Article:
7.3.1 The question which remains to be answered is whether the skilled person starting from D11 and setting as the technical problem the provision of a moulding material forming a preformed prepreg adapted for use in multiple layers, which has improved drape and lower tendency to bridge across details in a moulding, would find the solution or a hint thereto in the state of the art.
7.3.2 On the basis of the prior art documents filed by the opponents the Board concurs on this issue with the patent proprietor. It argued that only with hindsight would the skilled person consider a prepreg composite construction having two fibrous layers with outer surfaces free from resin and dry to touch. Indeed the Board did not find in any of the filed documents any hint that composites with two such fibrous layers would have an intrinsically flexible structure and conformability and would slide over each other during the consolidation and curing stages, thus significantly reducing the tendency for the moulding material to bridge across details in the moulding. Under these circumstances the Board concludes that the solution of the set technical problem is not obvious.
7.3.3 The opponents referred to D28', D15 and D20. However, the skilled person would not have considered them. D28', D15 and D20 do not disclose outer surfaces of the moulding material, be it a prepreg or not, which are free from resin and dry to touch. Therefore they provide no motivation for the double-sided structure of the moulding material.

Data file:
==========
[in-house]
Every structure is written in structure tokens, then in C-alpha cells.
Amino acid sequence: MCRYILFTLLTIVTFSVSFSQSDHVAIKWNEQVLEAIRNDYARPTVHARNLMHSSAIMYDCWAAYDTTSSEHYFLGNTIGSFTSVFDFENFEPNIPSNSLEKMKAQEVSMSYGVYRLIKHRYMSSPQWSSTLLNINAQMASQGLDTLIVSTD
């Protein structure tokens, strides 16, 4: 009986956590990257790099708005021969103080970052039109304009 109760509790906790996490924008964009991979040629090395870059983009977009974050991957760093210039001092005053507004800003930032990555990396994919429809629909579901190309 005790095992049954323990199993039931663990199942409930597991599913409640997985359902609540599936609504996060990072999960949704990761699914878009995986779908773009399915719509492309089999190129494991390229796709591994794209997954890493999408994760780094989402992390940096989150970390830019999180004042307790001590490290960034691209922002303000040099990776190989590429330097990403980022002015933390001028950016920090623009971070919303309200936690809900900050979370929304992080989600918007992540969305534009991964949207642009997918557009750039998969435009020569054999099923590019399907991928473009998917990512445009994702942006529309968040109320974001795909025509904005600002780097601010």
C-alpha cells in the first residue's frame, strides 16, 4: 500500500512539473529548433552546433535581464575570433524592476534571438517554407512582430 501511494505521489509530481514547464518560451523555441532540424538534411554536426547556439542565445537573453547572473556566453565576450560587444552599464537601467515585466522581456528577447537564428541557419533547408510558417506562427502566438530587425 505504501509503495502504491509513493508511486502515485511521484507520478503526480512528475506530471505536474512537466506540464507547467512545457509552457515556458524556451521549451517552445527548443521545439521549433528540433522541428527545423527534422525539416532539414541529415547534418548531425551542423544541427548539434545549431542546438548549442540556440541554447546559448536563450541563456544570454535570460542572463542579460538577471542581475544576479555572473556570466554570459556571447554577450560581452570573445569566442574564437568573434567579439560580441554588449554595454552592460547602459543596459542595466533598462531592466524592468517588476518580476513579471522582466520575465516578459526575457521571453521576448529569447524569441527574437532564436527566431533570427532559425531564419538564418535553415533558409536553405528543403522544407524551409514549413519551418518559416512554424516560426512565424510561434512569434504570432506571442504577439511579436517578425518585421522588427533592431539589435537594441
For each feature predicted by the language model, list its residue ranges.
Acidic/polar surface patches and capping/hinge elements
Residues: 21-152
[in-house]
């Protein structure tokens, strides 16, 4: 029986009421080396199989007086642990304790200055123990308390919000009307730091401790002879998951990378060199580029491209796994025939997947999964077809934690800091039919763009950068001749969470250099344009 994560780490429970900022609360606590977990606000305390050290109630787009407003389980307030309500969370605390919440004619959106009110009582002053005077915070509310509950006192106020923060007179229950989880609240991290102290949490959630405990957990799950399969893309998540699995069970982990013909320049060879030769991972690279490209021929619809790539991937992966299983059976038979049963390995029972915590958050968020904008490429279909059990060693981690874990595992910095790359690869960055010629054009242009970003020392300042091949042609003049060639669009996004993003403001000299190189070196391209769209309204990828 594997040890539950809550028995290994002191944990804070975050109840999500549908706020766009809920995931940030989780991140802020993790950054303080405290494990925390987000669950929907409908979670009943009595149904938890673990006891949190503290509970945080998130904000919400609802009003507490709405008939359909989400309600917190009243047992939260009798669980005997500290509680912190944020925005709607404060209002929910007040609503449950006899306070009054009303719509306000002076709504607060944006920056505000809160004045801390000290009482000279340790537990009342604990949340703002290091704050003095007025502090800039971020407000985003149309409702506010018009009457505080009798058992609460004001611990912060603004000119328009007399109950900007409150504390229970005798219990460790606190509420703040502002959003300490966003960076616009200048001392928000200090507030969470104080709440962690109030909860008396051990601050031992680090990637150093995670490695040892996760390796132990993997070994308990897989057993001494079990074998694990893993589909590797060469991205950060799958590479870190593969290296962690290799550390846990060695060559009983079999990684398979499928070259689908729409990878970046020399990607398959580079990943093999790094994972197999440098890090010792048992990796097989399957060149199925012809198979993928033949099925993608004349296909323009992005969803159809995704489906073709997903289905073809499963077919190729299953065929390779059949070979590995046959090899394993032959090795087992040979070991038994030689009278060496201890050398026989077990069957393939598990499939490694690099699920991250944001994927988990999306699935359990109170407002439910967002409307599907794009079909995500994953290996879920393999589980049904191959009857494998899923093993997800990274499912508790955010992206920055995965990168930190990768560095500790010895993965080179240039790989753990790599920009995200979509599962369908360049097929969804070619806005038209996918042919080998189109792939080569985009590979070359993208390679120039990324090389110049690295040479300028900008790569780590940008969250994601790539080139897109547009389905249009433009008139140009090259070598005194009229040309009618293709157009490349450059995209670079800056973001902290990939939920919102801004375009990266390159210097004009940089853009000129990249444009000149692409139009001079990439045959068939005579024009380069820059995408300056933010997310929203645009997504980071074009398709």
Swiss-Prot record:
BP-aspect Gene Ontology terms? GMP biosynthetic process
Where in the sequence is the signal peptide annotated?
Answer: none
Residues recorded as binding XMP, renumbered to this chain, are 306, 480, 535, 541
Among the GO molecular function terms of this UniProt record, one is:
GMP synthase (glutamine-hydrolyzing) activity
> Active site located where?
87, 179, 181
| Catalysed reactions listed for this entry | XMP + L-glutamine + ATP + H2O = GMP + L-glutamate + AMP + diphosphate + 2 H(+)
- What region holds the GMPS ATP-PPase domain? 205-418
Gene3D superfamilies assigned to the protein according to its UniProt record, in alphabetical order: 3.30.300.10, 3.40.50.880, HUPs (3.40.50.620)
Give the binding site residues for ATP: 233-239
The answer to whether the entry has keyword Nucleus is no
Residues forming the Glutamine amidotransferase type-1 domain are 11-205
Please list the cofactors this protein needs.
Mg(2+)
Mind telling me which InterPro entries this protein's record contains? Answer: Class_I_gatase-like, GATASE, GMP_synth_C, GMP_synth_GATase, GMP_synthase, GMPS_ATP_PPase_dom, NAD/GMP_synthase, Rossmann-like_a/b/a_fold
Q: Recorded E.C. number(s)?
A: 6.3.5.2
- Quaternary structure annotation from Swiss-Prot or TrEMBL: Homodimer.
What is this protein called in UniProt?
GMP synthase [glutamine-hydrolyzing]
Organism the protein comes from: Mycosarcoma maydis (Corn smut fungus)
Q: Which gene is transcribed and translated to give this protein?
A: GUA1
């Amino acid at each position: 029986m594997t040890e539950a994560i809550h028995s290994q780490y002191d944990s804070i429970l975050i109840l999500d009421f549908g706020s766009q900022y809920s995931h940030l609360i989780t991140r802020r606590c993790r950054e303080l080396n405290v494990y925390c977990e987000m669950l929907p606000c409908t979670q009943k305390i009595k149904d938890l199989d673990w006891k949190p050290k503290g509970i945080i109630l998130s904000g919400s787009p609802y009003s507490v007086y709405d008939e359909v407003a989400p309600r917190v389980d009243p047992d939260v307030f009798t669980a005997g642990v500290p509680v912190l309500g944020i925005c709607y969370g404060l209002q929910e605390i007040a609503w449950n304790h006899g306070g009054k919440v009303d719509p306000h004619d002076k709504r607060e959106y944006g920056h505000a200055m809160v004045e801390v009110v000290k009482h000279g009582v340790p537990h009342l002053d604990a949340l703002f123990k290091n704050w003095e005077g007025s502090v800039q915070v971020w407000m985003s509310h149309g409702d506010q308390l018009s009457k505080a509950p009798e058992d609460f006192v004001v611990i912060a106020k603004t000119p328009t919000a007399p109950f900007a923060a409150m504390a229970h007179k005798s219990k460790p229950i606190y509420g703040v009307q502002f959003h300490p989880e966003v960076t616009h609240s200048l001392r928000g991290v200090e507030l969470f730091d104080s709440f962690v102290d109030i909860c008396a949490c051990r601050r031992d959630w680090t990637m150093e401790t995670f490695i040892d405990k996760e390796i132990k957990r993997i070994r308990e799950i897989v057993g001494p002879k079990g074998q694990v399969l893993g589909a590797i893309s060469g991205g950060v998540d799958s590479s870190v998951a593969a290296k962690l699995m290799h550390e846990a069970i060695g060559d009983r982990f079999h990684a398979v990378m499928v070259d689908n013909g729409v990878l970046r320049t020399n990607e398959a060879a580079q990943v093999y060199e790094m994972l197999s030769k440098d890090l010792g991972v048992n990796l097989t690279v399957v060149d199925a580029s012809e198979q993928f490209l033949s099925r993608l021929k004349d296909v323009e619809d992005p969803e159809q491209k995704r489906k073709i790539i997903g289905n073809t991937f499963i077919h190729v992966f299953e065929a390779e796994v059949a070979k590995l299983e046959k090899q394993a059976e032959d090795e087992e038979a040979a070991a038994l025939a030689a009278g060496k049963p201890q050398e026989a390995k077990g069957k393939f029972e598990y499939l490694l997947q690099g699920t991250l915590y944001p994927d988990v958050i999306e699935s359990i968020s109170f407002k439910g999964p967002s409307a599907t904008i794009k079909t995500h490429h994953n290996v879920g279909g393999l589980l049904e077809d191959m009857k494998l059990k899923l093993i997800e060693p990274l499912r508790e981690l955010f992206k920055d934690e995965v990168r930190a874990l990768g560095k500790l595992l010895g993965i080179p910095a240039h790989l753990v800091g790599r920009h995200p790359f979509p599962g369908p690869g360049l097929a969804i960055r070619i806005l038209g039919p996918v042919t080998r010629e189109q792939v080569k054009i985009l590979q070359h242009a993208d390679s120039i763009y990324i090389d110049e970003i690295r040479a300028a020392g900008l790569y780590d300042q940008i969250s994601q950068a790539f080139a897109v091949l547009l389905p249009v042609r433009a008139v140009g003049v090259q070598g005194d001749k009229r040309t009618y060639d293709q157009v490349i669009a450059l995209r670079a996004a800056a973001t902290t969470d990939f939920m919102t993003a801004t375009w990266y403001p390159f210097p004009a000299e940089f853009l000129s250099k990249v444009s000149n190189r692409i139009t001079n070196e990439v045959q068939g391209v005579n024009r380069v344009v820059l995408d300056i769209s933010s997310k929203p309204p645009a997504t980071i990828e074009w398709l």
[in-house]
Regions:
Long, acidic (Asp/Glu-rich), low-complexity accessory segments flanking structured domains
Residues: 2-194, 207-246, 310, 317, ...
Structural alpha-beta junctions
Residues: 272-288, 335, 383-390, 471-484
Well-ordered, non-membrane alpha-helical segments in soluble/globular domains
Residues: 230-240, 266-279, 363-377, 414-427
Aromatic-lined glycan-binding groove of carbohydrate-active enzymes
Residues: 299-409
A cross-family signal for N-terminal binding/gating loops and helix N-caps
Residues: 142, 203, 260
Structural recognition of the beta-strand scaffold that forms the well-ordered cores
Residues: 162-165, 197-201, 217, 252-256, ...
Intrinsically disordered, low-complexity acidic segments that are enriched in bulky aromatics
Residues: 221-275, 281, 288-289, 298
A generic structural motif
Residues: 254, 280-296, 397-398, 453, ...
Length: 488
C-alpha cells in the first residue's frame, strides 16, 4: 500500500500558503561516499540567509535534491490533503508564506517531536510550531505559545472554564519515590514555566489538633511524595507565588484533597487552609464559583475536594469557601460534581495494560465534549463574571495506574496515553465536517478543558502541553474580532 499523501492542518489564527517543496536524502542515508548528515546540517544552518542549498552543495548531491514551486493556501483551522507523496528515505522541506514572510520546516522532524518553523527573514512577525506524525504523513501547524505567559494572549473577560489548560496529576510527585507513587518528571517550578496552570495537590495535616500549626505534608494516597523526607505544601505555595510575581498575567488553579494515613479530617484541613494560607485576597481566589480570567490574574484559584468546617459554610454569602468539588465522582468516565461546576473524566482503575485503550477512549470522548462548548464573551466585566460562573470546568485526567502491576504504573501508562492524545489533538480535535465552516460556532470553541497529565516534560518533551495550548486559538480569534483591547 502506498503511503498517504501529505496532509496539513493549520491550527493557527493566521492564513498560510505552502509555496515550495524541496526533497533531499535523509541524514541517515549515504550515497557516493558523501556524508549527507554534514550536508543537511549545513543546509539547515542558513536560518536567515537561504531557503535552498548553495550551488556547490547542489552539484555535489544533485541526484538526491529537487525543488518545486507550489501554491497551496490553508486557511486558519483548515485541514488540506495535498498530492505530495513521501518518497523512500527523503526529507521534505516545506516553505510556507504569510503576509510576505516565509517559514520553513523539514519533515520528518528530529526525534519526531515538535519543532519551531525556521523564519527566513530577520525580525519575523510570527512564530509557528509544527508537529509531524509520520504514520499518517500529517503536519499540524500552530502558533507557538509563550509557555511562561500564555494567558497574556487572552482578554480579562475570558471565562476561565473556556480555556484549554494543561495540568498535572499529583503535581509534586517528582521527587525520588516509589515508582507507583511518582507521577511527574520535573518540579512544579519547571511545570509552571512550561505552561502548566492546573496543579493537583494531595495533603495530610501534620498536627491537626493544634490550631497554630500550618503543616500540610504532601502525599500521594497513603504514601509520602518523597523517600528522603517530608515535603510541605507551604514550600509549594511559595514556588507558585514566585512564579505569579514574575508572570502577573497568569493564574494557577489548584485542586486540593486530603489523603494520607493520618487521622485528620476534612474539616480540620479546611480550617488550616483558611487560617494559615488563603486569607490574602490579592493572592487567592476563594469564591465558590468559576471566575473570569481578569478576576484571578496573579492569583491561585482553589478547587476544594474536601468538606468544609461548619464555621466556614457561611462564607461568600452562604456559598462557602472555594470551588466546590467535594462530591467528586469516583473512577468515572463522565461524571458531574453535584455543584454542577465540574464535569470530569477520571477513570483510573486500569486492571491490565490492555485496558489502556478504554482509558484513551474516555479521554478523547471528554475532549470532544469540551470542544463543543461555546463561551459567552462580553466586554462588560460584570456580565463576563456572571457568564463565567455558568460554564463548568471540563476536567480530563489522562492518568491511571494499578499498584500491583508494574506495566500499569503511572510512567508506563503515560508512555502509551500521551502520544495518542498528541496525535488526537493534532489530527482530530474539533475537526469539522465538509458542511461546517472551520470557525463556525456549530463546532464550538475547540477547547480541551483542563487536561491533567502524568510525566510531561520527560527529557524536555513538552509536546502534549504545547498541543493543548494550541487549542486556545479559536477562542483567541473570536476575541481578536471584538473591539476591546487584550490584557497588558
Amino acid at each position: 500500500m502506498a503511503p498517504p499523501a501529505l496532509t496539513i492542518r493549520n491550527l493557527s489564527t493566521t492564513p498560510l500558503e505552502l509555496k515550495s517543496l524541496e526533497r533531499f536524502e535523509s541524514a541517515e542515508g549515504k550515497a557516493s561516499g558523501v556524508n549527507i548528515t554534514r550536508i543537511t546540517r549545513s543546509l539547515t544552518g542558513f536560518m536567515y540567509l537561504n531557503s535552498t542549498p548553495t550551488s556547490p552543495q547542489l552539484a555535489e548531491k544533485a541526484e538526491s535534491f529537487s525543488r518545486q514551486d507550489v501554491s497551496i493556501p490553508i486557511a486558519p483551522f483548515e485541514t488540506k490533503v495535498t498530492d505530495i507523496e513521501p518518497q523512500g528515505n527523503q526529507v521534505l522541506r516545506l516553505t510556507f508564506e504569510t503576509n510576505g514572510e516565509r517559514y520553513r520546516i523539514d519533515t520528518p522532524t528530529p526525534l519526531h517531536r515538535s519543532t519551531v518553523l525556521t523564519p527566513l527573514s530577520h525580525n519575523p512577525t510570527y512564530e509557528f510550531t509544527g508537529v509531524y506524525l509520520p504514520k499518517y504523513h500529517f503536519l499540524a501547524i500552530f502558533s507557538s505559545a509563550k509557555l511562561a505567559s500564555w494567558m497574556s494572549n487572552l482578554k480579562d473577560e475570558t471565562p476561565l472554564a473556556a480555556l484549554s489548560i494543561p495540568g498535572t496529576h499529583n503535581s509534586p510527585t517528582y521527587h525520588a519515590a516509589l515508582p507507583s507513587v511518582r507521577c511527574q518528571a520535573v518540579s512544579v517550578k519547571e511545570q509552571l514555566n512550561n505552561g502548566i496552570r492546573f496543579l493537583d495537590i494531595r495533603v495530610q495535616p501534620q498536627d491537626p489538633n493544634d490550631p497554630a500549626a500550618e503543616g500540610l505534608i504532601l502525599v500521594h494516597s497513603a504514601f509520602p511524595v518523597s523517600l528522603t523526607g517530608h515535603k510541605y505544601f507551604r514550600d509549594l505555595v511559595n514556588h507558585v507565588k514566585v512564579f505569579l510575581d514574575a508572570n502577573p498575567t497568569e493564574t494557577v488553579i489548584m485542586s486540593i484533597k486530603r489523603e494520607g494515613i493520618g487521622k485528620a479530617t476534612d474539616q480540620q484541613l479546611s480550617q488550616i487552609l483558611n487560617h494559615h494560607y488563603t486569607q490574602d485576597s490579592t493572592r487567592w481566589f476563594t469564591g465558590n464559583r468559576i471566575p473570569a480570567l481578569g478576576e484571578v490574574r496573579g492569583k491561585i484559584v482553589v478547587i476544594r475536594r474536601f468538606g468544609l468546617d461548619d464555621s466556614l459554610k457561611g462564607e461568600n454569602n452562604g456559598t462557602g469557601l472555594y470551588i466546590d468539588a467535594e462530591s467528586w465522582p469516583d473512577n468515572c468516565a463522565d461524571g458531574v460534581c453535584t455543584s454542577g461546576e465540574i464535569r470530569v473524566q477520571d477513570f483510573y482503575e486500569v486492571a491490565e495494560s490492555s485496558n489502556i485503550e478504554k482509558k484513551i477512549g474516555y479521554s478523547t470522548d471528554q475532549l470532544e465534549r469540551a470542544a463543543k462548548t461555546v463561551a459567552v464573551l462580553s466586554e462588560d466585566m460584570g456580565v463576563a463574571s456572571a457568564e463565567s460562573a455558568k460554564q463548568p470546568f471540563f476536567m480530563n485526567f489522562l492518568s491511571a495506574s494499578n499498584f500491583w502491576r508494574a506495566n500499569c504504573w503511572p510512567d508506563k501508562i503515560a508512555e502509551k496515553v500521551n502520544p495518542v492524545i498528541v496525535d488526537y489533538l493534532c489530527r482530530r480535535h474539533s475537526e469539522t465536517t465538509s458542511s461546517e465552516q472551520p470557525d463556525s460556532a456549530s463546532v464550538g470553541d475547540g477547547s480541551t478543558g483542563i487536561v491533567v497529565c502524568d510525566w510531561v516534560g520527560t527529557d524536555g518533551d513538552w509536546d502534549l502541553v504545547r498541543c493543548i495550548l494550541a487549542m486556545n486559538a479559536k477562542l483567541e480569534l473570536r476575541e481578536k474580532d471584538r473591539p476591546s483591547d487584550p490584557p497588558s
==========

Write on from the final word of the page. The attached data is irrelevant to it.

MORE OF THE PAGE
7.3.4 Moreover the Board has no reasons to doubt that the set technical problem is solved across the scope of the claim. No technical evidence was submitted by the opponents in order to persuade the Board that their argument had any technical foundation and was not a mere allegation.
7.4 Consequently the Board concludes that the subject-matter of claim 1 of the second alternative main request involves an inventive step. The specific embodiments of dependent claims 2 to 14 also fulfil mutatis mutandis the requirements of Article 56 EPC. This applies equally to the method claims 15 to 17 relating to the method of forming the multi-layered material according to claims 1 to 14.
For these reasons it is decided that:
The decision under appeal is set aside.
The case is remitted to the opposition division with the order to maintain the patent on the basis of the claims 1 to 17 of the second alternative main request, filed during the oral proceedings (5 November 2009), after any necessary consequential amendments of the description.